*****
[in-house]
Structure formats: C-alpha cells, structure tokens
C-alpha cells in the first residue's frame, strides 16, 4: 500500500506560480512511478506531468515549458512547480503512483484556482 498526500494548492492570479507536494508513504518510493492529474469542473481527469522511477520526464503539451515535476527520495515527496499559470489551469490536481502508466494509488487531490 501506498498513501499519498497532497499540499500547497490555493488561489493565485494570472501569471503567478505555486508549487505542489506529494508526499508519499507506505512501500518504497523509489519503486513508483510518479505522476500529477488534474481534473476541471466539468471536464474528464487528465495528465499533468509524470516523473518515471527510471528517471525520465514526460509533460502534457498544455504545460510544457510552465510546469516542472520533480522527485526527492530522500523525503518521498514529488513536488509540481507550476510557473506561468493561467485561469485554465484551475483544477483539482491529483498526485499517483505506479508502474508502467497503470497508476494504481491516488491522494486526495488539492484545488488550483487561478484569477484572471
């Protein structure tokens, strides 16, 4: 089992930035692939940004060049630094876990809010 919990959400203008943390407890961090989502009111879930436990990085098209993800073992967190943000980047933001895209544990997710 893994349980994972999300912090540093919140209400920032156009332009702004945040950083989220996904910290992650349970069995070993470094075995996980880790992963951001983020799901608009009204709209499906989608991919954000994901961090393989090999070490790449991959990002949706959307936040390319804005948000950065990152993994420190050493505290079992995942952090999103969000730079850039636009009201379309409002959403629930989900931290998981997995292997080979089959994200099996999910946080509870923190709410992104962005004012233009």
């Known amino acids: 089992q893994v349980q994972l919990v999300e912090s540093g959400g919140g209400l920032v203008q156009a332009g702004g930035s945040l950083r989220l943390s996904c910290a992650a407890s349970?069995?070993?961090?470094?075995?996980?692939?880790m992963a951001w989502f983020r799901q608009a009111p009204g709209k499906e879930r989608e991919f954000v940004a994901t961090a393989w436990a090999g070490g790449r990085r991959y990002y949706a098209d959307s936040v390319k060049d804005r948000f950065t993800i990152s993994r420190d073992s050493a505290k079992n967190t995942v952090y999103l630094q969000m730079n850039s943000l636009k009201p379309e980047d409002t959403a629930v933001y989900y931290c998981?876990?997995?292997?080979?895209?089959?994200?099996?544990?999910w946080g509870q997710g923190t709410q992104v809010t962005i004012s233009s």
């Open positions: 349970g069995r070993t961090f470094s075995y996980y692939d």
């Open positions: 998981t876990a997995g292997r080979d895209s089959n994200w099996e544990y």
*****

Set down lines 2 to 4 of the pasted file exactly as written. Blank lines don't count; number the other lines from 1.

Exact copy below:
Structure formats: C-alpha cells, structure tokens
C-alpha cells in the first residue's frame, strides 16, 4: 500500500506560480512511478506531468515549458512547480503512483484556482 498526500494548492492570479507536494508513504518510493492529474469542473481527469522511477520526464503539451515535476527520495515527496499559470489551469490536481502508466494509488487531490 501506498498513501499519498497532497499540499500547497490555493488561489493565485494570472501569471503567478505555486508549487505542489506529494508526499508519499507506505512501500518504497523509489519503486513508483510518479505522476500529477488534474481534473476541471466539468471536464474528464487528465495528465499533468509524470516523473518515471527510471528517471525520465514526460509533460502534457498544455504545460510544457510552465510546469516542472520533480522527485526527492530522500523525503518521498514529488513536488509540481507550476510557473506561468493561467485561469485554465484551475483544477483539482491529483498526485499517483505506479508502474508502467497503470497508476494504481491516488491522494486526495488539492484545488488550483487561478484569477484572471
């Protein structure tokens, strides 16, 4: 089992930035692939940004060049630094876990809010 919990959400203008943390407890961090989502009111879930436990990085098209993800073992967190943000980047933001895209544990997710 893994349980994972999300912090540093919140209400920032156009332009702004945040950083989220996904910290992650349970069995070993470094075995996980880790992963951001983020799901608009009204709209499906989608991919954000994901961090393989090999070490790449991959990002949706959307936040390319804005948000950065990152993994420190050493505290079992995942952090999103969000730079850039636009009201379309409002959403629930989900931290998981997995292997080979089959994200099996999910946080509870923190709410992104962005004012233009």